Nevada unclaimed property office receives record number of claims |

Nevada unclaimed property office receives record number of claims

Staff Reports

State Treasurer Kate Marshall announced that her office received more than 11,131 individual claims in June, far surpassing the previous high mark for the month of June by more than 4,600 claims after posting its annual unclaimed property listing in newspapers across the state during that month.

Since Marshall assumed duties as State Treasurer in 2007, Unclaimed Property returns have risen 44 percent as a result of cutting red tape, streamlining the verification processes and raising awareness of unclaimed property throughout the state.

The Treasurer's Office is currently returning nearly 50 percent of the abandoned property transferred to the state back to rightful owners, well above the national average of 33 percent. Last year, nearly $35 million was returned to owners.

"By effectively streamlining the Unclaimed Property process, we have been able to make government more effective and more efficient for the people of Nevada," said Marshall. "My office set a goal to get money back in the hands of Nevadans. Our return rate demonstrates our success."

In order to raise awareness, the published unclaimed property list, which included properties worth a total value of $47 million, listed 312,555 properties with the last known names and addresses of people whose abandoned property was reported to the unclaimed property division between July 2013 and May 2014. In all, the unclaimed property division is currently safeguarding more than $650 million and continues to perform its due diligence in an effort to return money to its rightful owners.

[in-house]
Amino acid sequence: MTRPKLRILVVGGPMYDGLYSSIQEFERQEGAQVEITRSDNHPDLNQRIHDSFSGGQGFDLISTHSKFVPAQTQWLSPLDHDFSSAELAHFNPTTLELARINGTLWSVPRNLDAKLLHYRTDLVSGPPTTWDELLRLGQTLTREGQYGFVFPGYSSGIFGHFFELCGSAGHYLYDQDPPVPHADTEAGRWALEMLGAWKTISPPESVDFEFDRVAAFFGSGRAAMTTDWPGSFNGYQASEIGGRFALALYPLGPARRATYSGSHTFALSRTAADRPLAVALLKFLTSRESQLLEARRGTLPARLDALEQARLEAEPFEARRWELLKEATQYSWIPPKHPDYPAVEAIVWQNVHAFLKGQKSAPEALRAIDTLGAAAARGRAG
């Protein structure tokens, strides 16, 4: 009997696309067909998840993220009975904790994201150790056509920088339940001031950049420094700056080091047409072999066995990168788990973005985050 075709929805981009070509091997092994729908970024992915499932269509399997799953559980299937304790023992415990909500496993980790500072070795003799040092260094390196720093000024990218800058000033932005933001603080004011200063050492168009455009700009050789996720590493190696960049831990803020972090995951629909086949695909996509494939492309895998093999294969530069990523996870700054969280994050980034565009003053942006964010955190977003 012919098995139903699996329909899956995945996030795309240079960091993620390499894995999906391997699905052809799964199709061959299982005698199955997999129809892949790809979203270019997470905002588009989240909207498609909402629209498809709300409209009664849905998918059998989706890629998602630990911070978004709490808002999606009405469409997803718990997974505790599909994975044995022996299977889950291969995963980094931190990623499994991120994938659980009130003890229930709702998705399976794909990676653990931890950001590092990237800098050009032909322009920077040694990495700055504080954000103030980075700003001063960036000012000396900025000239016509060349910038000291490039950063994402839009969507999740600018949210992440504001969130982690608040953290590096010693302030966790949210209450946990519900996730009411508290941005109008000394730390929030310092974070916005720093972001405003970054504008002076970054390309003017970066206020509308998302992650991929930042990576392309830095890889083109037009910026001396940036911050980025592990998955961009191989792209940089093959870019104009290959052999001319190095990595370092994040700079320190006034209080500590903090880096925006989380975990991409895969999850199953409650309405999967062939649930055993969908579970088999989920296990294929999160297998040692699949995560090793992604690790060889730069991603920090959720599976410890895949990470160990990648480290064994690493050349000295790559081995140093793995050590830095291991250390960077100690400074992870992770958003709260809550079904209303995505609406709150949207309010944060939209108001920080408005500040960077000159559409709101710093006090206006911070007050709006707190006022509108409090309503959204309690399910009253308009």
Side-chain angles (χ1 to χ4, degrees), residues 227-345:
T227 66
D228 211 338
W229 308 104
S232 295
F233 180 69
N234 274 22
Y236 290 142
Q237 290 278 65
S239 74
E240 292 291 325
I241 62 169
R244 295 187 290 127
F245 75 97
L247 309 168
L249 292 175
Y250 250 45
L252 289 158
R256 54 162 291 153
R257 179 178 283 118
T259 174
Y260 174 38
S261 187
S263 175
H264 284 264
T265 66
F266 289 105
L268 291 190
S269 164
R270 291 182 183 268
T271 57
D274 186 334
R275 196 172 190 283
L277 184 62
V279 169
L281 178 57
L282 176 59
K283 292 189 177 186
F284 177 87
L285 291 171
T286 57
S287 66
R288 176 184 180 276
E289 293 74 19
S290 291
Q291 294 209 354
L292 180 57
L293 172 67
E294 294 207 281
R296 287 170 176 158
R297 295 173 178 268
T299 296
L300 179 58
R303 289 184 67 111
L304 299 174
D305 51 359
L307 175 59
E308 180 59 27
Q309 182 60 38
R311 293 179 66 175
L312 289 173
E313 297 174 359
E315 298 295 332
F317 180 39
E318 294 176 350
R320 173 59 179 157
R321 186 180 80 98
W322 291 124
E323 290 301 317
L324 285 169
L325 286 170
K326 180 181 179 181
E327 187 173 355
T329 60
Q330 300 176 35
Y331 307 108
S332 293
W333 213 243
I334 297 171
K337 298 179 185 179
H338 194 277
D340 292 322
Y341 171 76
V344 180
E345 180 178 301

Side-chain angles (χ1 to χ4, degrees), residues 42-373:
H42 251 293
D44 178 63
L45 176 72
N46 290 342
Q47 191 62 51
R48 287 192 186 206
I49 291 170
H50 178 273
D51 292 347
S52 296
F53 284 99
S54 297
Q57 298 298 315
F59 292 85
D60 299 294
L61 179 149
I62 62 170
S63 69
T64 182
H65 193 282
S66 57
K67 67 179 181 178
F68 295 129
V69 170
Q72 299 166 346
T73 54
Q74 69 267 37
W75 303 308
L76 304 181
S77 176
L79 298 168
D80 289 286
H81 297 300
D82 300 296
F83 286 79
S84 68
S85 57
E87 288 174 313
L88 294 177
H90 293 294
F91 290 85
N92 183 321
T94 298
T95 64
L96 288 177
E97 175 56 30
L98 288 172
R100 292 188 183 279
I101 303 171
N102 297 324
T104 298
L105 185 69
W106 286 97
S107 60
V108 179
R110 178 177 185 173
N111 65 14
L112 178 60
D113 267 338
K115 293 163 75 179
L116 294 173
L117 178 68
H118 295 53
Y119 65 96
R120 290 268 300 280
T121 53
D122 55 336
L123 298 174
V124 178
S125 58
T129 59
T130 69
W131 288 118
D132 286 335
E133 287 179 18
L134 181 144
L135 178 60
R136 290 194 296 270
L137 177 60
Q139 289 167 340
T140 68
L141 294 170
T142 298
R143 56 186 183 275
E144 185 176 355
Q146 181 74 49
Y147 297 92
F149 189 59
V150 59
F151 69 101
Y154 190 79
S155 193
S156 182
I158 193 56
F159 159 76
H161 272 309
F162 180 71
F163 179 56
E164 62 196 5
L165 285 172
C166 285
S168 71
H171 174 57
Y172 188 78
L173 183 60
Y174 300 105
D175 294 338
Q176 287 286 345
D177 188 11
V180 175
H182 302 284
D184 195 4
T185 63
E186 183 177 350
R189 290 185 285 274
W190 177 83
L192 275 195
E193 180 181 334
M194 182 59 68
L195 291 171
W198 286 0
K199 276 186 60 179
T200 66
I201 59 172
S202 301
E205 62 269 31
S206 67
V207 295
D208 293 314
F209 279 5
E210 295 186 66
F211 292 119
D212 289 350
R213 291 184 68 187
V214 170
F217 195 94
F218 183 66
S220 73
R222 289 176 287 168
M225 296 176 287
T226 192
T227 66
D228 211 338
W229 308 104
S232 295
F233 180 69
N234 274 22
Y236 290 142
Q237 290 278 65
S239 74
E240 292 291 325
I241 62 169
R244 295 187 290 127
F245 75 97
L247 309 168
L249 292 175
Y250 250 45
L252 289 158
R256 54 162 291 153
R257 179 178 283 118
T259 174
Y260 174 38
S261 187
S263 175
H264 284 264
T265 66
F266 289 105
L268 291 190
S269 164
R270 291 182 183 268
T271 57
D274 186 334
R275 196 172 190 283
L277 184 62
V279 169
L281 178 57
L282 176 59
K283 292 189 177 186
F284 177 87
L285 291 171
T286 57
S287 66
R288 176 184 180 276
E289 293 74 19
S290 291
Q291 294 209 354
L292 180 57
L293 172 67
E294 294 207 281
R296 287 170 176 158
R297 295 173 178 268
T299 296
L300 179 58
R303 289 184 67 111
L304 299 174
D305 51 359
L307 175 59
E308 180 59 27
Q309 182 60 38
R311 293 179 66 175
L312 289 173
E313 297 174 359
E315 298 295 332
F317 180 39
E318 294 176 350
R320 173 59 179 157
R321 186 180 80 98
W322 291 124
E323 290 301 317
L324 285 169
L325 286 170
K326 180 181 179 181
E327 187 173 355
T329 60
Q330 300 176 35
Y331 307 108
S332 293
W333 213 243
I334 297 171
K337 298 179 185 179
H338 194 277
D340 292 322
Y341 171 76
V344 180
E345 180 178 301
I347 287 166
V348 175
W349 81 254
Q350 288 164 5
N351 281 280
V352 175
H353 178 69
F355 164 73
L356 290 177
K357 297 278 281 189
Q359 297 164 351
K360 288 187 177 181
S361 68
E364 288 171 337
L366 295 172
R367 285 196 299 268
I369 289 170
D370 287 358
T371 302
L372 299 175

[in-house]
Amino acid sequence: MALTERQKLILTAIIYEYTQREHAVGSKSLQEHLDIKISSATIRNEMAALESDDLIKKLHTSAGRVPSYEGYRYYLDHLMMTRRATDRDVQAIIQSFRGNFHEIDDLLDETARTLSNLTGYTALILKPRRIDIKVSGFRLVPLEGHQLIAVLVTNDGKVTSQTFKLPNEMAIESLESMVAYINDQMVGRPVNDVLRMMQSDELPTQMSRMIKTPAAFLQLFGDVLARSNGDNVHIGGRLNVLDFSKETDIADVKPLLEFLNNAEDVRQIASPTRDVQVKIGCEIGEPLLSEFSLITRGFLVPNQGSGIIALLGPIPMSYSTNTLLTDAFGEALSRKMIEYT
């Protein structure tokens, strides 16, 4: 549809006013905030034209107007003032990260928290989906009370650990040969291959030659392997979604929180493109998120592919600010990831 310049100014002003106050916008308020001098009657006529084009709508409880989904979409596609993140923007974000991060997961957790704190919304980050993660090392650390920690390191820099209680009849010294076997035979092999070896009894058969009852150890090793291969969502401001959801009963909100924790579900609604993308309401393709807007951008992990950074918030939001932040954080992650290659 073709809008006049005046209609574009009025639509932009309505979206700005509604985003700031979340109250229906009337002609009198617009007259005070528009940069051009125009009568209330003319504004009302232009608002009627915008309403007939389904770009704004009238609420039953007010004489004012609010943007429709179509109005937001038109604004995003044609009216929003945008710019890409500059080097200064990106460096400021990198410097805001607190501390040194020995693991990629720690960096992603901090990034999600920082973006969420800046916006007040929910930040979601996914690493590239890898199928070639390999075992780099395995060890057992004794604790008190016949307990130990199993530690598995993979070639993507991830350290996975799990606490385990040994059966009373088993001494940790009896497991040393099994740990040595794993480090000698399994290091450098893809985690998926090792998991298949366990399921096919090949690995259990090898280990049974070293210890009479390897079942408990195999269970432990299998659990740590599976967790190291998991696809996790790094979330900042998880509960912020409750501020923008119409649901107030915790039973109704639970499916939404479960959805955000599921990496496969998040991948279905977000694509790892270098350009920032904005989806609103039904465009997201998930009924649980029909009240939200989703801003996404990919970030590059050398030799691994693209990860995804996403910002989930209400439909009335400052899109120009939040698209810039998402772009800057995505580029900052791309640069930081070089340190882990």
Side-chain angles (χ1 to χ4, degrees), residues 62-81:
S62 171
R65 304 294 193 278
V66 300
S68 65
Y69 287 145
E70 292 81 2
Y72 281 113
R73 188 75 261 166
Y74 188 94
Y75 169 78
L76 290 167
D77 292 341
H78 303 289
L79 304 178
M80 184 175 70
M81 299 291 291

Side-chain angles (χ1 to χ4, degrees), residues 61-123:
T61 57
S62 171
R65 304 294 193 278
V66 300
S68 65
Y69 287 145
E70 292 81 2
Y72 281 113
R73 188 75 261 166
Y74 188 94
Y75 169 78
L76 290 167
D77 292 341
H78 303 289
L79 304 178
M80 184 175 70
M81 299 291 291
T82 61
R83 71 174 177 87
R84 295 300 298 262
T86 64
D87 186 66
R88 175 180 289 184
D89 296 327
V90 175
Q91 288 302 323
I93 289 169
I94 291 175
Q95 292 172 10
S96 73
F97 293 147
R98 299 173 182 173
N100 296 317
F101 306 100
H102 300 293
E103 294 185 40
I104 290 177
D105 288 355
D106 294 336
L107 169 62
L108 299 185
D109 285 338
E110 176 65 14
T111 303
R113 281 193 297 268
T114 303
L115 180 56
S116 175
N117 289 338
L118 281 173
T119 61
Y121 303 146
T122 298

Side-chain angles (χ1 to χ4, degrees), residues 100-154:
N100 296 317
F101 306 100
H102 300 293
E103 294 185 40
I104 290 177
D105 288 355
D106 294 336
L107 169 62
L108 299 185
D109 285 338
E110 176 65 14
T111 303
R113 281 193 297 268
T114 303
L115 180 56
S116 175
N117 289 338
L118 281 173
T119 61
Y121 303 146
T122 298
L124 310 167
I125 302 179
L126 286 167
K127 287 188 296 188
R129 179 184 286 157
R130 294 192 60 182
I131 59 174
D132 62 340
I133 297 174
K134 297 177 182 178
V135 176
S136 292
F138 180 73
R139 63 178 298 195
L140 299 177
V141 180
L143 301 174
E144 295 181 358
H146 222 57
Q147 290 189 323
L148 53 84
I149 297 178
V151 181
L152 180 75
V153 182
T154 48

Due to the incredible volume of claims, processing of those claims is taking a little longer than normal, but still within the statutory limitations as described in Nevada Revised Statutes. Claimants are asked to be patient as staff diligently work to get all claims accounted for within 90 days of receipt.

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Nevadans can utilize the division's online search engine to find missing abandoned property by going to and then clicking on the yellow "Search for Unclaimed Property" box, or by visiting

Abandoned property can be any financial asset owed to a business or an individual. Property is considered abandoned when there has been no activity and/or contact with the owner for a specific period of time. The property type will determine the abandonment period; however, it is generally three years. When a business's (holder's) attempts to locate the rightful owner have been unsuccessful, the assets must be escheated (turned over) to the state of the last known address. The State Treasurer's Office is responsible for protecting the assets and advertising the rightful owners' names in attempting to return the assets to the rightful owners.

Examples of abandoned/unclaimed property include: bank accounts; uncashed payroll checks, insurance checks, traveler's checks; utility deposits; gift certificates; stocks, bonds, mutual funds, dividends; insurance policy benefits, or claim payments; safe deposit box contents; oil and gas royalties; and court deposits. Abandoned/unclaimed property does not include real estate or land, automobiles, boats, taxes or most other tangible properties.

For more information about the Unclaimed Property Division, go to

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